Quantification of cell-bubble interactions in a 3D engineered tissue phantom.
Walsh C., Ovenden N., Stride E., Cheema U.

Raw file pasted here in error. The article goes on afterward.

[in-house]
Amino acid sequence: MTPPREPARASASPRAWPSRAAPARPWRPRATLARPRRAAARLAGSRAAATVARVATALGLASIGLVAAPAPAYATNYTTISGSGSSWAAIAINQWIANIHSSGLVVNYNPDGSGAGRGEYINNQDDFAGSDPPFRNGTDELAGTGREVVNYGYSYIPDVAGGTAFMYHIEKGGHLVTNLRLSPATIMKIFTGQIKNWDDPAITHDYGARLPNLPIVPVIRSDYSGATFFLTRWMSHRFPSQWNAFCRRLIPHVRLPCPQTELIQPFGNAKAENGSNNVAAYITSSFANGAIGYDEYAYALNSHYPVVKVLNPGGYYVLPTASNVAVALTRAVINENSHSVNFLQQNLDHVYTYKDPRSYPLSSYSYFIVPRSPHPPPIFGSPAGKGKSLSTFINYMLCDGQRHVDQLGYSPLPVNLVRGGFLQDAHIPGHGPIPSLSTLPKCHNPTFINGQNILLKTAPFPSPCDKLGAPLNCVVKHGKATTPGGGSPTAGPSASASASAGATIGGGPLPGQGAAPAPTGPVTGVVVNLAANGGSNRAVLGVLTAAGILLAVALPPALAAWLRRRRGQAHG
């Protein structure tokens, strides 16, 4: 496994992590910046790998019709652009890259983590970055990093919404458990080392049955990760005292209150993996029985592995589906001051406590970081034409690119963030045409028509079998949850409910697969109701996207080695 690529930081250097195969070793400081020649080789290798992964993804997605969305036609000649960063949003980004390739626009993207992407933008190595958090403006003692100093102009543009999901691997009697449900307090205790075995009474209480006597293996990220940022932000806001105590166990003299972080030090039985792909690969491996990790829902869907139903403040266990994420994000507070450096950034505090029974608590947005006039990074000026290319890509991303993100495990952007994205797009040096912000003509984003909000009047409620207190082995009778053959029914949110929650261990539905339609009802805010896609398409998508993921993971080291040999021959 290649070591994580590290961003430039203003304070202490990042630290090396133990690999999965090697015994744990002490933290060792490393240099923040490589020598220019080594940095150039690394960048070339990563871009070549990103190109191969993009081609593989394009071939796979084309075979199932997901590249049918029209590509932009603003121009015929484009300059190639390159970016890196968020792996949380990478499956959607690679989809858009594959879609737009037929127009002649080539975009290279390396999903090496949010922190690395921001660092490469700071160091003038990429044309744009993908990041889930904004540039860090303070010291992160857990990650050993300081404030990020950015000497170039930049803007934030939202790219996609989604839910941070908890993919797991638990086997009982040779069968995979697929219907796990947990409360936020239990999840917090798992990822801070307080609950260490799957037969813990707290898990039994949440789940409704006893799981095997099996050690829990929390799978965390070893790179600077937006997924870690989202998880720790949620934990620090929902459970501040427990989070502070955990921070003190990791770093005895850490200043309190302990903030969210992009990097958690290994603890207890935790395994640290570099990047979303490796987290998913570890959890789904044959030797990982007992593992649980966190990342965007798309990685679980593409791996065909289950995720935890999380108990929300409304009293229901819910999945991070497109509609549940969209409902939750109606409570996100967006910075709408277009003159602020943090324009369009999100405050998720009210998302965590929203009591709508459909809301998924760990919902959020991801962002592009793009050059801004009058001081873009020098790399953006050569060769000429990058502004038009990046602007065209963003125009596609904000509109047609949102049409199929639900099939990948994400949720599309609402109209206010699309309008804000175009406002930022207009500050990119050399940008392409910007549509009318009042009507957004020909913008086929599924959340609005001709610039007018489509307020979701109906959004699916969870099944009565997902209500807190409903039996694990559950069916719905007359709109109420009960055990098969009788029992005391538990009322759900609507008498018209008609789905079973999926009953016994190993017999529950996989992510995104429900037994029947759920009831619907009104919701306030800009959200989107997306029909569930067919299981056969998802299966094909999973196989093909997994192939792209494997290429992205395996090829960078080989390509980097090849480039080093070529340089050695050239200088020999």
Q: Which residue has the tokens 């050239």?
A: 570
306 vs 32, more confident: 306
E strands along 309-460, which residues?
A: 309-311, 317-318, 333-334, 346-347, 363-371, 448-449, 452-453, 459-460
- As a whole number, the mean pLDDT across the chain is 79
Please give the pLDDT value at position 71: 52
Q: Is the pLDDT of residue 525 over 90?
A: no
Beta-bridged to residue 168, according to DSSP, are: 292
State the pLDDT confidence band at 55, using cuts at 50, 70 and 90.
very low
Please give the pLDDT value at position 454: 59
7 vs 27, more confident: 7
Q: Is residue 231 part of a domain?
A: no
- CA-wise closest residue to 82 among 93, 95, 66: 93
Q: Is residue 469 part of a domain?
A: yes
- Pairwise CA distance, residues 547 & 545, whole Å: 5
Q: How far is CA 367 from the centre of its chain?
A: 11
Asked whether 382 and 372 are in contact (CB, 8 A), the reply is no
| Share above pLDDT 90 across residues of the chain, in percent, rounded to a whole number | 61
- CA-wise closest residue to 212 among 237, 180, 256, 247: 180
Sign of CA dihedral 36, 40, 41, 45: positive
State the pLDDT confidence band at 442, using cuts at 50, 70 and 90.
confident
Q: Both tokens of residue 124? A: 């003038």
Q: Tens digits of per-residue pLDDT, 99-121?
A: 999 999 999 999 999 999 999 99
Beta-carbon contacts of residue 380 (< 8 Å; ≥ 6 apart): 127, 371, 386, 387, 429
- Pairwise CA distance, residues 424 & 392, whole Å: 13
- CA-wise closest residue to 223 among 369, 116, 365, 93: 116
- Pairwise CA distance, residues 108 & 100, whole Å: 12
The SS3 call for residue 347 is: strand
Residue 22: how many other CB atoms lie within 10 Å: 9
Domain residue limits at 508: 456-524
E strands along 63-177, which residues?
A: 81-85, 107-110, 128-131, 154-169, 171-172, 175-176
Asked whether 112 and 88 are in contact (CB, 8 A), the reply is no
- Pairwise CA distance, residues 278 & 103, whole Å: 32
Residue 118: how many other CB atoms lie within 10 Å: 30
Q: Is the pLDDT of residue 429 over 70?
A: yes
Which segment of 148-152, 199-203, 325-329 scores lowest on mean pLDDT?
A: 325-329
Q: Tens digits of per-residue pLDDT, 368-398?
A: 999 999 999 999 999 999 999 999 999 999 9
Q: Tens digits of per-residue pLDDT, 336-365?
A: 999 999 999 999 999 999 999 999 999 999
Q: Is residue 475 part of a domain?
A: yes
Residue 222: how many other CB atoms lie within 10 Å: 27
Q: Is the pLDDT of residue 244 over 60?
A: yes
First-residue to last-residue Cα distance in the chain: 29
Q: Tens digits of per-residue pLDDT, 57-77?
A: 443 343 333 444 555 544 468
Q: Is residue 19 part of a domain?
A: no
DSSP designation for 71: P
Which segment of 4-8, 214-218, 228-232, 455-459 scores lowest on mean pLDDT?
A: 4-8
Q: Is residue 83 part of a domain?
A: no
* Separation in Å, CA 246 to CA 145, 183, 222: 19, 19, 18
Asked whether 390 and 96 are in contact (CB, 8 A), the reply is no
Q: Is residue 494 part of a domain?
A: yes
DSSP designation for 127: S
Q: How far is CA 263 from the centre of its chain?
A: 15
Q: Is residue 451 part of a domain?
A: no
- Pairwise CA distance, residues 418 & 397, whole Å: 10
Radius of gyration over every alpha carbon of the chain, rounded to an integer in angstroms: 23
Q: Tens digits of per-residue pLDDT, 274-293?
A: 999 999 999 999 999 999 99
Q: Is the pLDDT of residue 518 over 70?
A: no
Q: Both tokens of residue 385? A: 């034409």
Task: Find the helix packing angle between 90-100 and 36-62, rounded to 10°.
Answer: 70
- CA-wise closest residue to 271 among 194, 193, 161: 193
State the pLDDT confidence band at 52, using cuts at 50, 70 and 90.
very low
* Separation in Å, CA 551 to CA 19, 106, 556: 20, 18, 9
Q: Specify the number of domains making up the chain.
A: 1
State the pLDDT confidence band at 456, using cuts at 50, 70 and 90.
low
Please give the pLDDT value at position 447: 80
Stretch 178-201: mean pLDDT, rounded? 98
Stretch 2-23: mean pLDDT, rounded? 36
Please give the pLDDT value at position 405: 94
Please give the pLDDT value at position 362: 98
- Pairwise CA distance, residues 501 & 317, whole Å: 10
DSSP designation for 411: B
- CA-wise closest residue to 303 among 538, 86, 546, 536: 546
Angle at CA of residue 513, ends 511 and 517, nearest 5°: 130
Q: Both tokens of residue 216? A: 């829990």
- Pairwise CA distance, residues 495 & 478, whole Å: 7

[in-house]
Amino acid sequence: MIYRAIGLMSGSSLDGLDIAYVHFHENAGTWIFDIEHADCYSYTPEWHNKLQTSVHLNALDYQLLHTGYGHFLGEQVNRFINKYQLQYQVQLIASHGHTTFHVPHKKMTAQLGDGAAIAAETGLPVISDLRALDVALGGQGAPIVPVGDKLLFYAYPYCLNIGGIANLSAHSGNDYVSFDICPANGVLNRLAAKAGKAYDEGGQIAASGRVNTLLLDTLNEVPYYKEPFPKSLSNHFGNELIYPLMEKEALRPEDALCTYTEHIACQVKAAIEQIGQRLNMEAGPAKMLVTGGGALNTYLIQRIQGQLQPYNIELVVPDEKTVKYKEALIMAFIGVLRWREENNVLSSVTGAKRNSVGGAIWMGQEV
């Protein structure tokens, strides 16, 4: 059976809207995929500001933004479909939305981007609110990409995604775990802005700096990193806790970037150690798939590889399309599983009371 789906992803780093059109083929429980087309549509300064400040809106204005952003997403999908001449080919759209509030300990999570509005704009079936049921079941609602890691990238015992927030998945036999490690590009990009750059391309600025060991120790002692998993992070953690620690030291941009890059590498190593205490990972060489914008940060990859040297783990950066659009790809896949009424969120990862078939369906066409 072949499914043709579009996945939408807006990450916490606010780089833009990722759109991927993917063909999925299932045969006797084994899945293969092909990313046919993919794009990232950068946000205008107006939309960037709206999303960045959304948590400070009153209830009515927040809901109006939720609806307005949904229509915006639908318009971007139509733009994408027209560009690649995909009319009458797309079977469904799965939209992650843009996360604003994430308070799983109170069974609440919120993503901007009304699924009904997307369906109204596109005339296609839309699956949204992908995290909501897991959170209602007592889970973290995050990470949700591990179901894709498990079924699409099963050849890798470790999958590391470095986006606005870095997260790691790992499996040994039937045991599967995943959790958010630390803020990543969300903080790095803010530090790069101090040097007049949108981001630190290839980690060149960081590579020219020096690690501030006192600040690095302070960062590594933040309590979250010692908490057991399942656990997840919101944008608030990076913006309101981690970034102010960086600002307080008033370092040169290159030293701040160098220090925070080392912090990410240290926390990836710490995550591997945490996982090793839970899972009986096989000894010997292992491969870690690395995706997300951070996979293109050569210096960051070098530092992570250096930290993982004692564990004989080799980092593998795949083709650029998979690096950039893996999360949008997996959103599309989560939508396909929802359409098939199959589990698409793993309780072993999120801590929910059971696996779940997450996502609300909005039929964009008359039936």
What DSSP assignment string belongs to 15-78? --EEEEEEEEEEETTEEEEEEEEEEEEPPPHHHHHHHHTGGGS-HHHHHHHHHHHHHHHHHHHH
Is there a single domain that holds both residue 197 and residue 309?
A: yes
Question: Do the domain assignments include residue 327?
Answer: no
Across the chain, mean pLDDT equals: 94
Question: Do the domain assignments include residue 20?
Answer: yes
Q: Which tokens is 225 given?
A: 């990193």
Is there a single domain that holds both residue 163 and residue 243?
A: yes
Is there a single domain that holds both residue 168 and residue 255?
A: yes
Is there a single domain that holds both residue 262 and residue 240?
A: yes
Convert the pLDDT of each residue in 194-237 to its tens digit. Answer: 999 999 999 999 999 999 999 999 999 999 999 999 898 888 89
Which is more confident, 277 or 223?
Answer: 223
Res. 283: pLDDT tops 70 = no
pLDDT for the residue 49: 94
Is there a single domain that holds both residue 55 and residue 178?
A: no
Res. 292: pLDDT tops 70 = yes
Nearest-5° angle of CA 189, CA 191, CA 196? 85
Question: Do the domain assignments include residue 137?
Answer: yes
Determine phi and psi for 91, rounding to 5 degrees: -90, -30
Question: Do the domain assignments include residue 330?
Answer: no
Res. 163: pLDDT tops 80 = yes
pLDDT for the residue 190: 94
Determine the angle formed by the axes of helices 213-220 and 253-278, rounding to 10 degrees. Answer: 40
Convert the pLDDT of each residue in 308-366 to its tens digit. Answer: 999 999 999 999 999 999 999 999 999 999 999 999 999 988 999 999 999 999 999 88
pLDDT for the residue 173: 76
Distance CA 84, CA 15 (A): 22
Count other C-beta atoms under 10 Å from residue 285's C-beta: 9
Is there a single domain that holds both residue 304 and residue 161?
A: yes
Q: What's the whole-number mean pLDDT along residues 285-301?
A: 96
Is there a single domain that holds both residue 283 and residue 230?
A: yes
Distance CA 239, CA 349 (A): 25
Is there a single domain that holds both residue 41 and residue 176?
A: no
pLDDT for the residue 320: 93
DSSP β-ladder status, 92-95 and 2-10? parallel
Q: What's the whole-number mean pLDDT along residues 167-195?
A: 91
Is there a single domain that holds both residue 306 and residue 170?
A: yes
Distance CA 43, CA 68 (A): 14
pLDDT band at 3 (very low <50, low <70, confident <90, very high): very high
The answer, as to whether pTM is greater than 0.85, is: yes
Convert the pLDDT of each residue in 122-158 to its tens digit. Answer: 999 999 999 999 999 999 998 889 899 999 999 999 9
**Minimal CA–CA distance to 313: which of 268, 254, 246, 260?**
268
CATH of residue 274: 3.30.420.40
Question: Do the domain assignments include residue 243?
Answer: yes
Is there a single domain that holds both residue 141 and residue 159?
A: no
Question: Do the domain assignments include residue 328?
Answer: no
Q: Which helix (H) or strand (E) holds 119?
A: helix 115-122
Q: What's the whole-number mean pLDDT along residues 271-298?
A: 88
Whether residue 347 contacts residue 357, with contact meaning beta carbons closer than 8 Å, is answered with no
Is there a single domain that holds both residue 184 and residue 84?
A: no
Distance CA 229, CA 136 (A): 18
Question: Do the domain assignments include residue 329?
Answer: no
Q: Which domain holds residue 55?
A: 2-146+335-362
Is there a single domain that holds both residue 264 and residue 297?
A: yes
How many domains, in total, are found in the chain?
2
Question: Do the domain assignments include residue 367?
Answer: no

Understanding cell-bubble interactions is crucial for preventing bubble related pathologies and harnessing their potential therapeutic benefits. Bubbles can occur in the body as a result of therapeutic intravenous administration, surgery, infections or decompression. Subsequent interactions with living cells, may result in pathological responses such as decompression sickness (DCS). This work investigates the interactions that occur between bubbles formed during decompression and cells in a 3D engineered tissue phantom. Increasing the tissue phantoms' cellular density resulted in decreased dissolved O2 (DO) concentrations (p = 0.0003) measured using real-time O2 monitoring. Direct microscopic observation of these phantoms, revealed a significant (p = 0.0024) corresponding reduction in bubble nucleation. No significant difference in growth rate or maximum size of the bubbles was measured (p = 0.99 and 0.23). These results show that bubble nucleation is dominated by DO concentration (affected by cellular metabolism), rather than potential nucleation sites provided by cell-surfaces. Consequent bubble growth depends not only on DO concentration but also on competition for dissolved gas. Cell death was found to significantly increase (p = 0.0116) following a bubble-forming decompression. By comparison to 2D experiments; the more biomimetic 3D geometry and extracellular matrix in this work, provide data more applicable for understanding and developing models of in vivo bubble dynamics.